Russians voted yesterday to elect Vladimir Putin to a 6 year term as president. Apparently, they also voted down one of the most basic mathematical theories: most complex social phenomenon, e.g. elections, follow a normal distribution – they look like bell.
Take a look at this graph based on official counts of 6 million votes showing voting precincts by participation rate and vote percentage. Notice, how Putin’s opponents in red and blue follow a normal distribution pattern of a bell curve. Also, notice how Putin’s numbers seem to increase with participation – no bell curve there.
Same story with 15 million votes.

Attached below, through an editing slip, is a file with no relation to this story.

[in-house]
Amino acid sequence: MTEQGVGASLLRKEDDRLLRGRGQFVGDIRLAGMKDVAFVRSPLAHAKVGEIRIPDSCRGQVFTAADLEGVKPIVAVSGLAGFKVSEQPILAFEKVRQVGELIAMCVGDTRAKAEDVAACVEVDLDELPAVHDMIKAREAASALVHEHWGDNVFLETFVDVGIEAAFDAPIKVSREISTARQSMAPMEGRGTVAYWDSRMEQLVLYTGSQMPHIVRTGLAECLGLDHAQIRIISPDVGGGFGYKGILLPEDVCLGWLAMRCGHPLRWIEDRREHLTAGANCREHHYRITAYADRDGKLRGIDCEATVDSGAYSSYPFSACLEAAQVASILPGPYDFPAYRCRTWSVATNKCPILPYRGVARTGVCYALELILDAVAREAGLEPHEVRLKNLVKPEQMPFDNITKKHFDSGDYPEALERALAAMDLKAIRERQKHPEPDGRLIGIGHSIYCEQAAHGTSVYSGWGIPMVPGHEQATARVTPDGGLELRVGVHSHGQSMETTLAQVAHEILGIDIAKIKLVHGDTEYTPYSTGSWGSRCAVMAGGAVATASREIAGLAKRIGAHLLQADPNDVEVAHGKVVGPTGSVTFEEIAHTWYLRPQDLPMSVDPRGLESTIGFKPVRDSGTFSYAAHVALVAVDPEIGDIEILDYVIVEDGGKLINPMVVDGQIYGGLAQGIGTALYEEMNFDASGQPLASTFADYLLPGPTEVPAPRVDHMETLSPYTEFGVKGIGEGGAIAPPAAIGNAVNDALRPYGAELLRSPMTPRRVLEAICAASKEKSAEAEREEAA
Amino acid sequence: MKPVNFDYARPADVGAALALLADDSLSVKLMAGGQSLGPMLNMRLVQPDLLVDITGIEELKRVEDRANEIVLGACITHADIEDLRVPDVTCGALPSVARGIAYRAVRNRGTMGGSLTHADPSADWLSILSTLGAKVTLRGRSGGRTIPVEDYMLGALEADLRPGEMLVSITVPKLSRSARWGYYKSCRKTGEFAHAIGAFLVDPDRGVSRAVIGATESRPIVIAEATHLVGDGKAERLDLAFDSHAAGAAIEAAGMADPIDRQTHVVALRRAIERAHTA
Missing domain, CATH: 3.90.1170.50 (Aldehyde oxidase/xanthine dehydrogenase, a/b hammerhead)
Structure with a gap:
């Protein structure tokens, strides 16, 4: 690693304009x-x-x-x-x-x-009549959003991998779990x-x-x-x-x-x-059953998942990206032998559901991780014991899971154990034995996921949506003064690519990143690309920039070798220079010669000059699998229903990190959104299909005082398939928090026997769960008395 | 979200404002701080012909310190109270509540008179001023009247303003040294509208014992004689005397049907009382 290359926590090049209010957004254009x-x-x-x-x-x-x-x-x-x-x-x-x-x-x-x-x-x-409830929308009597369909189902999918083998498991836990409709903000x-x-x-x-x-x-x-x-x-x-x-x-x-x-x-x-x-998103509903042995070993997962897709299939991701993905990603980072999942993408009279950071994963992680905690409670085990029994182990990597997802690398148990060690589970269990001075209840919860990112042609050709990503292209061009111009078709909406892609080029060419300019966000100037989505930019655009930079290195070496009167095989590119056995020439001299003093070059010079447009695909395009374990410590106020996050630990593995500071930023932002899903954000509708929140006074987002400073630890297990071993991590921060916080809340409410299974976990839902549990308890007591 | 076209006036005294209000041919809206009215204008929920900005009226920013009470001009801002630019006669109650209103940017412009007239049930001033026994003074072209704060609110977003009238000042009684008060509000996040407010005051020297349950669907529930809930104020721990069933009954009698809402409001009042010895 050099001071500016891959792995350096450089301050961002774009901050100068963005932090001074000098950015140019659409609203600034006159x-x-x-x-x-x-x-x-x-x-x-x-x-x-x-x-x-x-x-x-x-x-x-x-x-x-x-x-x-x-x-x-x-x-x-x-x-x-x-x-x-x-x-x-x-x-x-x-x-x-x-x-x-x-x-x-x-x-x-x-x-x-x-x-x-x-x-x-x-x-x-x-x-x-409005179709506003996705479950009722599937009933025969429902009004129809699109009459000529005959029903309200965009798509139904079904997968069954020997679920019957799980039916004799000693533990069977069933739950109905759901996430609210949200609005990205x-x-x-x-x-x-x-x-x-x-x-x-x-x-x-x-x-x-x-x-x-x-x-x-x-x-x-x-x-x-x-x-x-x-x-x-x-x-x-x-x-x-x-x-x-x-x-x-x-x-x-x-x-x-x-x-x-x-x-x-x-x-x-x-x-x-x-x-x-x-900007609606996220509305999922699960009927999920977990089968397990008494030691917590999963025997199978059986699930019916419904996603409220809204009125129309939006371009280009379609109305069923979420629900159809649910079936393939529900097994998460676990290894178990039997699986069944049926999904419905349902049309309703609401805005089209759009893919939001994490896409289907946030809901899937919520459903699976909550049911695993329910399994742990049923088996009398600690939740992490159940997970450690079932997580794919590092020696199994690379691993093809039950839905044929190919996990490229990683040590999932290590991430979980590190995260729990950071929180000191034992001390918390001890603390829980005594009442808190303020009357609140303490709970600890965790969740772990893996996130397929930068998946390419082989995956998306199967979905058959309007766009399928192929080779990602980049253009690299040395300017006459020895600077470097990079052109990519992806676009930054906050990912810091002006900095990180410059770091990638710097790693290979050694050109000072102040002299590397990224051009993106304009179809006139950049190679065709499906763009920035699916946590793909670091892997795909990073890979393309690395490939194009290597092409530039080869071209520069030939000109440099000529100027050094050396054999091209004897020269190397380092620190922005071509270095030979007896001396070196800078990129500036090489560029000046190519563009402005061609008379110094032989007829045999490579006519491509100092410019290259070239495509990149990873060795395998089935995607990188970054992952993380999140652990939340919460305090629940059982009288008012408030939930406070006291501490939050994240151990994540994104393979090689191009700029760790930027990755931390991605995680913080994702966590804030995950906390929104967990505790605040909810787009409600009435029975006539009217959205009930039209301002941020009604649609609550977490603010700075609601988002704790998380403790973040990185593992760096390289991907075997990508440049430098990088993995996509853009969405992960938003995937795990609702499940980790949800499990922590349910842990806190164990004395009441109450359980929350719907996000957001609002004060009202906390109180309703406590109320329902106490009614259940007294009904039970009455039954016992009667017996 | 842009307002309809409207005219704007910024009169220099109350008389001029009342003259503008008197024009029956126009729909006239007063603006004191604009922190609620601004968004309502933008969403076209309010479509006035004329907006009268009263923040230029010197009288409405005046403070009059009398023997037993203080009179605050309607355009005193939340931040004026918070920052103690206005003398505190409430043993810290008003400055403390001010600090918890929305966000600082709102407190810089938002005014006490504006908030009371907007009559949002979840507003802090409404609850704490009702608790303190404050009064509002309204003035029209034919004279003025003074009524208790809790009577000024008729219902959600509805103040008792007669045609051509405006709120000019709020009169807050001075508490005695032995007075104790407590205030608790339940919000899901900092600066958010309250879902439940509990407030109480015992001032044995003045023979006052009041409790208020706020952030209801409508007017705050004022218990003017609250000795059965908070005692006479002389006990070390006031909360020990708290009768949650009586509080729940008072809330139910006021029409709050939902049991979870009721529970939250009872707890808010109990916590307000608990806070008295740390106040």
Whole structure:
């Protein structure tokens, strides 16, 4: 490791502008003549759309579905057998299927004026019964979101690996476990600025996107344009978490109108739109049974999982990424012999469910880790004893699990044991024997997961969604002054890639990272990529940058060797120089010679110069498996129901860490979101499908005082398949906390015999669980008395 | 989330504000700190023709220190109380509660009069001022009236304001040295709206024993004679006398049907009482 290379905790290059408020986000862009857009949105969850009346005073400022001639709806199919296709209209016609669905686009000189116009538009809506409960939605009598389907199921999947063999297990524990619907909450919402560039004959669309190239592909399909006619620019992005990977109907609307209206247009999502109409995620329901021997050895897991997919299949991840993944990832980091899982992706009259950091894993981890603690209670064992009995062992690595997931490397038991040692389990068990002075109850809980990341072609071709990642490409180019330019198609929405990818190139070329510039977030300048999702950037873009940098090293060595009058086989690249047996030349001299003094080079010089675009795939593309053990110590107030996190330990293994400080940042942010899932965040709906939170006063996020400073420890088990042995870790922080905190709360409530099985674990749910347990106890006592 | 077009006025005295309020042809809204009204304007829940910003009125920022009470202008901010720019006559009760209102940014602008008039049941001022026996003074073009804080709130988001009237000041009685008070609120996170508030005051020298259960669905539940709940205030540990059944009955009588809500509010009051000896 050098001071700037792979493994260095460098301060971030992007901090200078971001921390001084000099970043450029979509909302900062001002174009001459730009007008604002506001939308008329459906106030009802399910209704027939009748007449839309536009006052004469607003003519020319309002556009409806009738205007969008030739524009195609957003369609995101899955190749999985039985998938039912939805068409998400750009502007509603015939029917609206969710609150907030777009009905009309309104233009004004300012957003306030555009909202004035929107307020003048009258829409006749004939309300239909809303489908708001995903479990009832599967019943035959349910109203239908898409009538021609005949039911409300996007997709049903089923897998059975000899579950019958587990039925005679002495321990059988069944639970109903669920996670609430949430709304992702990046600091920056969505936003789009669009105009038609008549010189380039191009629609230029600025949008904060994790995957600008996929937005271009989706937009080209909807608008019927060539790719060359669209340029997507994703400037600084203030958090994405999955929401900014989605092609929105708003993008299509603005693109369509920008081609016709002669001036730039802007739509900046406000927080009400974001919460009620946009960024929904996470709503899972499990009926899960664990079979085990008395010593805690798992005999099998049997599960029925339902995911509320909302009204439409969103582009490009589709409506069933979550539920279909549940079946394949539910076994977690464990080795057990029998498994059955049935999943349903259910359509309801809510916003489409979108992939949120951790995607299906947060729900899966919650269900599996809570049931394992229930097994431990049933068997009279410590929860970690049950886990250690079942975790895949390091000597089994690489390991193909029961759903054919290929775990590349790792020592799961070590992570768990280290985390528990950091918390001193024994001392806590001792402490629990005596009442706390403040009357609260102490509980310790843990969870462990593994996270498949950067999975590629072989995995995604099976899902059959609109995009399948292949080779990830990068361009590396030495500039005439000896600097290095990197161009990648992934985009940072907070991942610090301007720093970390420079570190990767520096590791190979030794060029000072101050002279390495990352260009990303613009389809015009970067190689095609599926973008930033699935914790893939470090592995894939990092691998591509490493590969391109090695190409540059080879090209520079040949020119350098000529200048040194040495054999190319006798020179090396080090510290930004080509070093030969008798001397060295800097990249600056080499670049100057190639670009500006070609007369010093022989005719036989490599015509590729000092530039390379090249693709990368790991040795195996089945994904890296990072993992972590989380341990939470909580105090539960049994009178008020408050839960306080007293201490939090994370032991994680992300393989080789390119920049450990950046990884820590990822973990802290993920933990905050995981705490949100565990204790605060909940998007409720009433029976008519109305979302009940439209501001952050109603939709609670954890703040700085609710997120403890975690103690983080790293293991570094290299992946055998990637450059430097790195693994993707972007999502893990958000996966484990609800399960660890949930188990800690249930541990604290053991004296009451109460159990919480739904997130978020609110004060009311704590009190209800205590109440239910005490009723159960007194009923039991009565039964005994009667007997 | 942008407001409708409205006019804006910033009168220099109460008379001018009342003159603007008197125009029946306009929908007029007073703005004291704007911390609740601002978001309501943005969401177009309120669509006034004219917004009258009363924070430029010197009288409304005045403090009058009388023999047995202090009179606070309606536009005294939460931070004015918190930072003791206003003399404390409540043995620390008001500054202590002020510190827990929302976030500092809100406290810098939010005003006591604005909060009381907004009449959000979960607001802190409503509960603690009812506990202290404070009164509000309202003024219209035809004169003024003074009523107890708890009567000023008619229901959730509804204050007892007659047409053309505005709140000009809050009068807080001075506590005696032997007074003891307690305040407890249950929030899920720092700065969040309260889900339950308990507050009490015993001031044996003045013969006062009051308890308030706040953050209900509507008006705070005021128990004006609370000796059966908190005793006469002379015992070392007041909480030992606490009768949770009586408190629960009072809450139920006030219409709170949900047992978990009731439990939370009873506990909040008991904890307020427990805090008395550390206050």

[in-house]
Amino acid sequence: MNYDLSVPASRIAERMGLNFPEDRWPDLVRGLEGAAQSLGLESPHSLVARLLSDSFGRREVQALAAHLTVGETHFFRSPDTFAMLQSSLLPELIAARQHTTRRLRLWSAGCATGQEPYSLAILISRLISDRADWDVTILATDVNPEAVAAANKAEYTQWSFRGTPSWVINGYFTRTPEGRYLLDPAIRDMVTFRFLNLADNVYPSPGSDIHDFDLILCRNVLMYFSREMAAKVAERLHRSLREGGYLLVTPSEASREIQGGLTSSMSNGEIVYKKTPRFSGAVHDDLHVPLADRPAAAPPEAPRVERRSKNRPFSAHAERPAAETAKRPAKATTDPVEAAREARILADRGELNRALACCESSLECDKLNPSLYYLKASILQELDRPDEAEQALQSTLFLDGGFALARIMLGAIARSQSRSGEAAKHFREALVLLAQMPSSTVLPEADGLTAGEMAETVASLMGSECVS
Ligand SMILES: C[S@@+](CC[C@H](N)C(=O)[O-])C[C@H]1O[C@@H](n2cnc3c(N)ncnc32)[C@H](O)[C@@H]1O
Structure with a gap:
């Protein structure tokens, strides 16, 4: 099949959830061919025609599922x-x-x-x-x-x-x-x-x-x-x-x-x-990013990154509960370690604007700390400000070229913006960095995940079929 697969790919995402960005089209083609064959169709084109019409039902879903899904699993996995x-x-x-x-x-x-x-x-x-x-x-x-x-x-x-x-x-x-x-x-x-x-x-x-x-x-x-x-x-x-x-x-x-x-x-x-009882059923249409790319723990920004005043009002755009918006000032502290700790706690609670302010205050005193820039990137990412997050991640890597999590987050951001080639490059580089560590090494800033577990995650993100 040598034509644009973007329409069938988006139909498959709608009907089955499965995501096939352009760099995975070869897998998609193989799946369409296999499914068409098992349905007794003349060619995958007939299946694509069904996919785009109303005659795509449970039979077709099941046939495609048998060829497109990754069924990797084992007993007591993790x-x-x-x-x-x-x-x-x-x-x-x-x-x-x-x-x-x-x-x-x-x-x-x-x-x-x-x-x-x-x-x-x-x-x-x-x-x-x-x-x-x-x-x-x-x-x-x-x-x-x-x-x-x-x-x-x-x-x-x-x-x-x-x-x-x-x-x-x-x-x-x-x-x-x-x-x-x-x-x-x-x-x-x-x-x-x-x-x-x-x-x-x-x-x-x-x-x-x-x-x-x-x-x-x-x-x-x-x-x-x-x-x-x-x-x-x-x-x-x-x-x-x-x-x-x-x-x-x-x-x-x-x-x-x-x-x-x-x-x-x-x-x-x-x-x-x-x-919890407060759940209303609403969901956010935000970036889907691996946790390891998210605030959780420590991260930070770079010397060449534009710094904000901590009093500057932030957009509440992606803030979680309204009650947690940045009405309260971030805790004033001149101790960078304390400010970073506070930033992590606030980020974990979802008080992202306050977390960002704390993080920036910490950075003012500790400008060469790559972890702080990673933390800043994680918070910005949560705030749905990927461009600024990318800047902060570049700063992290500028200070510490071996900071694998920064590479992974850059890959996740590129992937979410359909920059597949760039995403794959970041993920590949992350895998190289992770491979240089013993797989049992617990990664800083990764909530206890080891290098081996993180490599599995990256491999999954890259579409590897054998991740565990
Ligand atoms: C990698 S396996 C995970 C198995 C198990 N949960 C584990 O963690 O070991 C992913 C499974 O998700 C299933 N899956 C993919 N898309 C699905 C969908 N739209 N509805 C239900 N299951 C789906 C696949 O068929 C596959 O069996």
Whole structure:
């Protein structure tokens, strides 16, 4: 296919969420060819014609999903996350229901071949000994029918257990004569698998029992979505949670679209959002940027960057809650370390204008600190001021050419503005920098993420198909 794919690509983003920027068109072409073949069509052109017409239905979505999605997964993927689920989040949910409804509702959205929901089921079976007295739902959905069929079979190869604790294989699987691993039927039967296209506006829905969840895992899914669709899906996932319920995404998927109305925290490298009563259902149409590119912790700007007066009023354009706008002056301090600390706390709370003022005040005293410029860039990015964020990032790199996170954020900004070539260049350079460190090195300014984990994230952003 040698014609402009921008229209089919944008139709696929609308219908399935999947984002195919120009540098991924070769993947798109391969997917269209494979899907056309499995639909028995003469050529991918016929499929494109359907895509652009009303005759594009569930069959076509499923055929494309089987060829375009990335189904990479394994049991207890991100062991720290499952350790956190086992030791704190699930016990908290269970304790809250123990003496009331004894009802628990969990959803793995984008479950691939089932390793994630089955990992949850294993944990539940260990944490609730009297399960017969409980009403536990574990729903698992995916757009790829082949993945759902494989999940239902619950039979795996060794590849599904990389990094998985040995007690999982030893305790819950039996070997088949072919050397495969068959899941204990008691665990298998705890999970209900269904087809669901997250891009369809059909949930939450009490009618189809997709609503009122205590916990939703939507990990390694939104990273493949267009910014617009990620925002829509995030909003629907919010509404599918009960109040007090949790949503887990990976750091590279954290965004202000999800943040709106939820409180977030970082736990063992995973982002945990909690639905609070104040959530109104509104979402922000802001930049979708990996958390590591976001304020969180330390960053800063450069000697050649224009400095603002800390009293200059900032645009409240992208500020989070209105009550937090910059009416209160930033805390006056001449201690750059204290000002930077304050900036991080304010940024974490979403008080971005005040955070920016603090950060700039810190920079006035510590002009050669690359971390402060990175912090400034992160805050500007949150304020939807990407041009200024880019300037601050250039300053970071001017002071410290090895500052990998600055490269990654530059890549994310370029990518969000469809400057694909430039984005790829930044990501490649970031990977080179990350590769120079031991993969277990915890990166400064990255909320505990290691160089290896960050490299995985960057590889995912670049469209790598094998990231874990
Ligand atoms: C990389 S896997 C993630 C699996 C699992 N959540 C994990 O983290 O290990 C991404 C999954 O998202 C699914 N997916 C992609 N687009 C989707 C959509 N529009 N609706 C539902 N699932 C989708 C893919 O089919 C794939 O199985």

The basic conclusion here is that the more people voted in a given precinct, the higher Putin’s vote percentage. Why would that be? Well, consider a tactic called “carousel voting“, where a number of people are paid to get on a bus which takes them from polling station to polling station, where they vote again and again. That certainly drives up participation at those stations. Want to guess who they voted for each time?
Russian ingenuity knows no bounds. It is exemplified by great entrepreneurs like Sergey Brin of Google and Phil Libin of Evernote. Thinking “outside the box” was developed out of necessity during the Communist times and is now firmly part of the culture. In this case, it helped Mr. Putin get re-elected, and in the process reminded us that Normal Distribution is only a theory rather then a mathematical law. The Prince of Mathematicians would be quite impressed.